Winning $1.6b Powerball tickets sold in three states
Commuters drive past a sign showing the Powerball jackpot in Wednesday's drawing is posted outside the Mobil Mart in Methuen.
Los Angeles - Winning tickets sold in California, Tennessee and Florida
Winning tickets in the nearly $1.6-billion Powerball lottery were sold in California, Florida and Tennessee, officials said on Thursday, leaving at least three people to split the record-setting jackpot.
California Lottery officials confirmed that the winning six numbers had been purchased at a convenience store outside Los Angeles, as well as at locations in Florida and Tennessee. The identity of the winners was not yet known.
Lottery officials said it could be several hours before it is known whether there are other winners in the 44 states, Washington, D.C. and two U.S. territories where Powerball is played.
The six winning numbers were 08, 27, 34, 04, 19 and Powerball 10. They were picked during a late Wednesday draw for the $1.586 billion prize at lottery offices in Tallahassee, Florida.
| A look at the 10 highest US lottery jackpots|
- $656.0 million, Mega Millions, March 30, 2012 (3 tickets from Kansas, Illinois and Maryland)
- $636 million, Mega Millions Dec 17, 2013, (2 tickets, from California and Georgia)
- $590.5 million, Powerball, May 18, 2013 (1 ticket from Florida)
- $587.5 million, Powerball, Nov. 28, 2012 (2 tickets from Arizona and Missouri)
- $564.1 million, Powerball, Feb 11, 2015 - (3 tickets, from North Carolina, Puerto Rico and Texas)
- $448.4 million, Powerball, Aug 7, 2013, (3 tickets, one from Minnesota and two from New Jersey)
- $425.3 million, Powerball, Feb 19, 2014 - (1 ticket from California)
- $414 million, Mega Millions, March 18, 2014, (2 tickets from Florida and Maryland)
- $399.4 million, Powerball, Sept 18, 2013, (1 ticket from South Carolina)
- $390.0 million, Mega Millions, March 6, 2007 (2 tickets from Georgia and New Jersey)
In Chino Hills, a suburb east of Los Angeles, crowds descended on a 7-Eleven store where the winning ticket had been bought, snapping pictures and congratulating staff. The store will receive a $1-million bonus for selling the ticket.
The odds of picking a winning combination were 1 in 292 million.
The prospect of a huge payout sparked a ticket-buying frenzy that was expected to reach a rate of $1.3 million per minute during the evening commuter rush hour, Gary Grief, executive director of the Texas lottery, told a news conference.
Powerball sales were "exponentially higher" than normal, Grief said. Since the jackpot was last hit on Nov. 4, 2015, a total of $2.65 billion worth of Powerball tickets has been sold, he added.
"If I win, I'll give it all away to poor people," said New York restaurant deliveryman Oscan Gamie, 43, after buying a dozen of the $2 tickets at a midtown Manhattan grocery.
Tatiann Cave, a 23-year-old home health aide, said she would use the jackpot to start her own cosmetics business. "I'd like to quit my job and do something inspiring," Cave said.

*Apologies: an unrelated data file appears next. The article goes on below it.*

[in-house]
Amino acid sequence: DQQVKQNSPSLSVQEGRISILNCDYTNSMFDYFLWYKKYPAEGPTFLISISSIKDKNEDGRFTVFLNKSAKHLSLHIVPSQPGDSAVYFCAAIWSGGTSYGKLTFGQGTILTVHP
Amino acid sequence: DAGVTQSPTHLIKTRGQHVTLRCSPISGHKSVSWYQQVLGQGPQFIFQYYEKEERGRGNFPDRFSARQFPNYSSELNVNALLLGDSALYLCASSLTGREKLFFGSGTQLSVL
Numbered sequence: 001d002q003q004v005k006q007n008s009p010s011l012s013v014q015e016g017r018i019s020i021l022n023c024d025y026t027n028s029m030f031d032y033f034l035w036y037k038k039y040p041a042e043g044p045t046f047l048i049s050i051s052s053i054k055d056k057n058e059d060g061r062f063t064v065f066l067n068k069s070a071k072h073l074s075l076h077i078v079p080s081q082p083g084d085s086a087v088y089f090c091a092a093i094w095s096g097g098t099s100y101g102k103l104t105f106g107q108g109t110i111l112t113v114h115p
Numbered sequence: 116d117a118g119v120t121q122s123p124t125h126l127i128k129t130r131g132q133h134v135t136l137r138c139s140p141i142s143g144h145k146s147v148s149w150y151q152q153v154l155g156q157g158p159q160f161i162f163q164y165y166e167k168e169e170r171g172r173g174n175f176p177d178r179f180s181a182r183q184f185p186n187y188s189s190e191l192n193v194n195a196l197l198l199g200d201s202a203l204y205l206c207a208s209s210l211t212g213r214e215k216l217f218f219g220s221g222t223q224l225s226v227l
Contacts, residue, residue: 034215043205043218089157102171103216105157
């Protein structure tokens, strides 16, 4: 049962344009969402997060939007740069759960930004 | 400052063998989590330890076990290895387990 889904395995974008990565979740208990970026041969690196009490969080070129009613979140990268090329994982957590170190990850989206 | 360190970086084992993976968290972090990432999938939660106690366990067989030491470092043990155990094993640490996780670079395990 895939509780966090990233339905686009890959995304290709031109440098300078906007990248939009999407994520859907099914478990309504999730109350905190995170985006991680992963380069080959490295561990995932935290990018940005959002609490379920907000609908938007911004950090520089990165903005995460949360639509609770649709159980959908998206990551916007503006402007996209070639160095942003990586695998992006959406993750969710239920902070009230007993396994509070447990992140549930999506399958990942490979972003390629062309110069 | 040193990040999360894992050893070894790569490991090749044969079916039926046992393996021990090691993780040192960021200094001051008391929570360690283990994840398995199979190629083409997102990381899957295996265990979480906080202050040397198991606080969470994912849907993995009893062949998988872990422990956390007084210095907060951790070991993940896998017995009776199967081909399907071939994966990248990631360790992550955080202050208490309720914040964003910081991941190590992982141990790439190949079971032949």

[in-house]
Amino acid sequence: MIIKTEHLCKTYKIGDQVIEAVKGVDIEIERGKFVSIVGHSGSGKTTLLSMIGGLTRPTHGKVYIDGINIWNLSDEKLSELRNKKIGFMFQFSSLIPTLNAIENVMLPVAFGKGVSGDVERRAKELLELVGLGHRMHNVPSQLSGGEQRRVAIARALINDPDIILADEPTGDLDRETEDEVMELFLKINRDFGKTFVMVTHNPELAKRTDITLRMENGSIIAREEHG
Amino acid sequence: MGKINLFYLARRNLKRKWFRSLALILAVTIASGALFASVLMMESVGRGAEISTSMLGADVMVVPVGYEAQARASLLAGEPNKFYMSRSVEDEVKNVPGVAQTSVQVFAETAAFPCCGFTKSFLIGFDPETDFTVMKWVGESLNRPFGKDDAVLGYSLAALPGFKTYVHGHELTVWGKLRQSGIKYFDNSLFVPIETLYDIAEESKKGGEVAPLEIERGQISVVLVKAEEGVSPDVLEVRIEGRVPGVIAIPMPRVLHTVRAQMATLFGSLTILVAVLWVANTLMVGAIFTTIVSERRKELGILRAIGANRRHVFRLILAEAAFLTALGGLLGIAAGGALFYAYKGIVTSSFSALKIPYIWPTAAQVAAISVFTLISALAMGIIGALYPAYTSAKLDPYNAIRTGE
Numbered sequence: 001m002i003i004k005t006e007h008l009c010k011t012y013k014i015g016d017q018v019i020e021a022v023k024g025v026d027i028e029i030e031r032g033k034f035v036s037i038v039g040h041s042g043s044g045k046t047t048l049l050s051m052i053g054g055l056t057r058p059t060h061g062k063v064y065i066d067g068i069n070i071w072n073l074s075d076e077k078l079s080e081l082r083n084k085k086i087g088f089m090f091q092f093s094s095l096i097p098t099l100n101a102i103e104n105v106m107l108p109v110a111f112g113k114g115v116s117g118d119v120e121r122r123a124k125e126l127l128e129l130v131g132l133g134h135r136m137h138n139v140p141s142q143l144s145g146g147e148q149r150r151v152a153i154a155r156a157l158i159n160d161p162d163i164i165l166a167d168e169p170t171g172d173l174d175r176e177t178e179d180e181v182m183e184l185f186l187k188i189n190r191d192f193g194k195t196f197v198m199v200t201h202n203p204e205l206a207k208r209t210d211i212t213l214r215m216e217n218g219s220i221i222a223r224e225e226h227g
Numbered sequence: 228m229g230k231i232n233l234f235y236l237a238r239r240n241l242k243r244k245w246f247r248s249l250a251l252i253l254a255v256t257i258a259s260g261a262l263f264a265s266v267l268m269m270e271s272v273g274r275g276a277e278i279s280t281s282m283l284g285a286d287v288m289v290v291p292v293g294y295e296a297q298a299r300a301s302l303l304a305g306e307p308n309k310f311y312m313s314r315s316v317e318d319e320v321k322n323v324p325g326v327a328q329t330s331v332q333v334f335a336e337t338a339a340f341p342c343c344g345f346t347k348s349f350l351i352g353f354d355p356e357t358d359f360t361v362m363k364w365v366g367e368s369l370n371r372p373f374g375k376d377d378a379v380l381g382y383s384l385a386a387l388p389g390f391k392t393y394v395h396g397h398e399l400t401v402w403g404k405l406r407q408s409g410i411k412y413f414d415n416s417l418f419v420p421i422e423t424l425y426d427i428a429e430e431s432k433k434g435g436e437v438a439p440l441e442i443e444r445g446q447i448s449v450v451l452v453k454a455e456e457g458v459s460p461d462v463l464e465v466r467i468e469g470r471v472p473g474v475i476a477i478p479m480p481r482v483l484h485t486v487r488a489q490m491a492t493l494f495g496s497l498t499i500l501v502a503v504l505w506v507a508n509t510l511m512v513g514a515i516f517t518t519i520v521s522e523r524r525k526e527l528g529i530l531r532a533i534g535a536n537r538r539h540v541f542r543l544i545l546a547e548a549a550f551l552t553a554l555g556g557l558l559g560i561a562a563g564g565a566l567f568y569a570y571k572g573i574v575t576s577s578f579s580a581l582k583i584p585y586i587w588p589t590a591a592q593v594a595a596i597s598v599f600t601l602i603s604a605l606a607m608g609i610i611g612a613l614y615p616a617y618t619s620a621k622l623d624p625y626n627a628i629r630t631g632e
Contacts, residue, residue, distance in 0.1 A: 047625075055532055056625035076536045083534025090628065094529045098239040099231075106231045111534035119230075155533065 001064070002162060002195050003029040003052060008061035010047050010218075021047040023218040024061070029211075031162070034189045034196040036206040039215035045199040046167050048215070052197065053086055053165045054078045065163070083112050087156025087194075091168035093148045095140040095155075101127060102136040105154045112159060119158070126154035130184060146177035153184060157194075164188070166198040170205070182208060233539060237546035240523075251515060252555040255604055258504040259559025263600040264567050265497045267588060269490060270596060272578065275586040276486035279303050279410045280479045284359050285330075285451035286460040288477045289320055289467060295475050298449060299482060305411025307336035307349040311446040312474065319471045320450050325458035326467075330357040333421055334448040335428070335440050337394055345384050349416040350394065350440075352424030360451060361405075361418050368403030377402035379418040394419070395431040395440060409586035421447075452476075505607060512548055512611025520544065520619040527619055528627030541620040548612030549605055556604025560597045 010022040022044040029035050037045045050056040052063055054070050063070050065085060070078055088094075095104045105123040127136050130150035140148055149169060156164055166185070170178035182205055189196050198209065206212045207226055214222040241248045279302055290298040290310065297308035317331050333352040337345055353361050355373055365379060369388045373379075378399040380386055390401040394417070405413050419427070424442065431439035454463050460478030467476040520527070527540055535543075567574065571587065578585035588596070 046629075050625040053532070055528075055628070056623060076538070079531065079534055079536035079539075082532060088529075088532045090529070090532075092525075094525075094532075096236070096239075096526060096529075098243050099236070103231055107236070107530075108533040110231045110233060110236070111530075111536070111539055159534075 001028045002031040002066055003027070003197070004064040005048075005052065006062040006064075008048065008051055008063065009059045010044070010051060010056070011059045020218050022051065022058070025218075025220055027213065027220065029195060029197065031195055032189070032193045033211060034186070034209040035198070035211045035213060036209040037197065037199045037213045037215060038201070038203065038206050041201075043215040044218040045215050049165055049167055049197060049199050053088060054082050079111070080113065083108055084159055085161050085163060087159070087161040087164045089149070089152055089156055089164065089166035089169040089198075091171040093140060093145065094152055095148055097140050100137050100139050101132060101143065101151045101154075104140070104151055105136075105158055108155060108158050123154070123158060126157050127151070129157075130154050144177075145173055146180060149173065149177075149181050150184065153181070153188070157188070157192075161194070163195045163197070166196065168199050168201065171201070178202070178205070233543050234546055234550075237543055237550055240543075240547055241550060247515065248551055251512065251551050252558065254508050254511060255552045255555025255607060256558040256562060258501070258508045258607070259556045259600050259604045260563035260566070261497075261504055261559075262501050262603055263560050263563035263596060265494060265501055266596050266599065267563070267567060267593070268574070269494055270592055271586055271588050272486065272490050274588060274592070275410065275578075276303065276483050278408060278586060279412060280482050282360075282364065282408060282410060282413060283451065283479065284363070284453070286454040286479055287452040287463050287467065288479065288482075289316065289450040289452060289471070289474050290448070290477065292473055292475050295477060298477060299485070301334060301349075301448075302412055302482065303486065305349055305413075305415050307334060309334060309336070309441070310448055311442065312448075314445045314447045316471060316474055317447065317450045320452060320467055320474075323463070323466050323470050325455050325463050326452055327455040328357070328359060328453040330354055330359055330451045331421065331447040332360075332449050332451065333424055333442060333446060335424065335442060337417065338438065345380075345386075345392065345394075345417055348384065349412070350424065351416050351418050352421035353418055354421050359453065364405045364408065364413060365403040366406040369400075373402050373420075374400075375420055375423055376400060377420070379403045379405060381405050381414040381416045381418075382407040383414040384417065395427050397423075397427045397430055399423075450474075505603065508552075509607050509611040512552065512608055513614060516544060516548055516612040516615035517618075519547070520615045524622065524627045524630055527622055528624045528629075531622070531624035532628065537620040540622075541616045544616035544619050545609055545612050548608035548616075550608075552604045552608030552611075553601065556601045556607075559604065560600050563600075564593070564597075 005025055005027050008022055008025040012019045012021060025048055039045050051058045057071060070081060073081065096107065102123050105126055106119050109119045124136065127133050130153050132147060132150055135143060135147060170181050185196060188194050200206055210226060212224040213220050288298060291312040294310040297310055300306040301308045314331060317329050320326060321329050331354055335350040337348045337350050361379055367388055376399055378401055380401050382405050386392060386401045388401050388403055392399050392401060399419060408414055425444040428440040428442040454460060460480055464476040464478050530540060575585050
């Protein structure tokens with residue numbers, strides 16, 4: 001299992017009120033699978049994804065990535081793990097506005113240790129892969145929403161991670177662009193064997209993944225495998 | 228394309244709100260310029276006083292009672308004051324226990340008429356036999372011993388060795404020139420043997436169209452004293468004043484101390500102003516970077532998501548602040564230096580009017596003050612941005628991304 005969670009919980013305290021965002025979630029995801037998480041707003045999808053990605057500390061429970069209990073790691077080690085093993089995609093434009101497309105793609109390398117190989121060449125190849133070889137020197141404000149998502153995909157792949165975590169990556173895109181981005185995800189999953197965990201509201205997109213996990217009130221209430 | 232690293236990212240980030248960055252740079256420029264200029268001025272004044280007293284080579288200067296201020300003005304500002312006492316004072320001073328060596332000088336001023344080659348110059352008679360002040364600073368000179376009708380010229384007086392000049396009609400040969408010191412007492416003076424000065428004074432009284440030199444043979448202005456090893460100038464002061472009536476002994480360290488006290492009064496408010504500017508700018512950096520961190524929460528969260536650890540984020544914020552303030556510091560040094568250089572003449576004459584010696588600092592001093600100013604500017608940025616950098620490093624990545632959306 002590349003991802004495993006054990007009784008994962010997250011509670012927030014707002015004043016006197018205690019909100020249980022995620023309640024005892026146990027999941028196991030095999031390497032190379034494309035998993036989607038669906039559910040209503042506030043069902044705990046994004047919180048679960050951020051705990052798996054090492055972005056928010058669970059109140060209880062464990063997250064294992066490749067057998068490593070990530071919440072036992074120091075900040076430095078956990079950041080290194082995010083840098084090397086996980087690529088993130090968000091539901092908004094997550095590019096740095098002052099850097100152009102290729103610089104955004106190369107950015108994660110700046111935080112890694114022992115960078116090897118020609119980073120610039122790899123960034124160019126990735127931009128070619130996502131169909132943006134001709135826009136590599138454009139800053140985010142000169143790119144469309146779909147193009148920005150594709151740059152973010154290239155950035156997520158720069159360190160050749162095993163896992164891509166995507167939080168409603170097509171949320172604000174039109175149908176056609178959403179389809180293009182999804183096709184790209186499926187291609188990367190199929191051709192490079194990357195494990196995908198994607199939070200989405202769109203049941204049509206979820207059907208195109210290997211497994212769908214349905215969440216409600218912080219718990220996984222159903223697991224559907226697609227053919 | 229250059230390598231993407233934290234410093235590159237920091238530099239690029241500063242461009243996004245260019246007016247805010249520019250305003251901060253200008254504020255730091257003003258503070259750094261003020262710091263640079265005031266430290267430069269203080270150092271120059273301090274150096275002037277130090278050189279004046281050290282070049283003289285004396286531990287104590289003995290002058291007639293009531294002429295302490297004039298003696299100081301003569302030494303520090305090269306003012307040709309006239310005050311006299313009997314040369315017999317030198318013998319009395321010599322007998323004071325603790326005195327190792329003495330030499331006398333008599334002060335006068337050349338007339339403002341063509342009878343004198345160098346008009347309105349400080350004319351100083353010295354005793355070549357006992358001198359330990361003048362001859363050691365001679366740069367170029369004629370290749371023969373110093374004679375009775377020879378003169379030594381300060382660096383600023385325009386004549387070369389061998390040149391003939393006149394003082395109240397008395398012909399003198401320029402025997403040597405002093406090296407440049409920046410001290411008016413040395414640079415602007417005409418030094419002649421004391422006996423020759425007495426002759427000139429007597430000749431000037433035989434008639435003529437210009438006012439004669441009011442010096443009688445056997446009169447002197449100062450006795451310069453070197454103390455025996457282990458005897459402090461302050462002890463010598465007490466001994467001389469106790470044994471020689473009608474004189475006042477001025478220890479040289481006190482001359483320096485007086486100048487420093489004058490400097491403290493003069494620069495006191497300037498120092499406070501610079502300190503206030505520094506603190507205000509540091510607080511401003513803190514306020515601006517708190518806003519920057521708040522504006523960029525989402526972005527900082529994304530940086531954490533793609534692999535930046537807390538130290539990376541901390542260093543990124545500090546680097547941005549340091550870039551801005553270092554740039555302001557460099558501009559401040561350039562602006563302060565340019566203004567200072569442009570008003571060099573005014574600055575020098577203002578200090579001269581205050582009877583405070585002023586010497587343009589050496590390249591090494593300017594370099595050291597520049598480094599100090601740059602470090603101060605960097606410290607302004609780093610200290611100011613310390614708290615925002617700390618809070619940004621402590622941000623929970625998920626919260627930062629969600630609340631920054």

For every $1 worth of Powerball sales, half goes to prizes, 40 percent to causes such as education, and 10 percent to retailers who sell the tickets and other administrative costs, Grief said.
A look at the record $1.5B Powerball drawing
The Powerball jackpot has climbed to an estimated $1.5 billion, easily surpassing all other lotteries to become the largest such prize in the world.
Here's what you need to know about the Powerball ahead of the Wednesday night drawing in the US:
A RECORD JACKPOT
The jackpot for the twice-weekly game started at $40 million on Nov. 4. Since no one has won, the prize keeps growing, along with ticket sales in the 44 participating states, as well as the District of Columbia, the U.S. Virgin Islands and Puerto Rico. The jackpot estimate is reviewed daily, and the odds of winning are 1 in 292.2 million.
Other countries offer large jackpots too. Spain's massively popular Christmas lottery, known as "El Gordo," is ranked as the world's richest, though it doles out a single jackpot among millions of prizes, instead of one large jackpot like the Powerball. El Gordo last month showered 2.2 billion euros ($2.4 billion) across the country.
STATES THAT DON'T PLAY
Six states have no lotteries of any kind. Religious beliefs have posed a barrier in Alabama, Mississippi and Utah. Alaska has been more concerned that a lottery wouldn't pay off in such a sparsely populated state. In Hawaii, lawmakers have proposed lottery measures, but the idea always fails. And in Nevada, the lottery snub is largely a nod to the state's casinos, which have no interest in the competition.
THE QUEST FOR TICKETS
The Multi-State Lottery Association, which runs Powerball, reports that some of the biggest ticket sales come from border cities. That means residents of states without Powerball are driving to neighboring states to play the lottery.
LUCK OF THE DRAW
Roughly 95 percent of Powerball tickets are computer-generated quick picks, so people's favorite numbers aren't really a factor. Officials don't track which numbers are most popular because so many are randomly generated.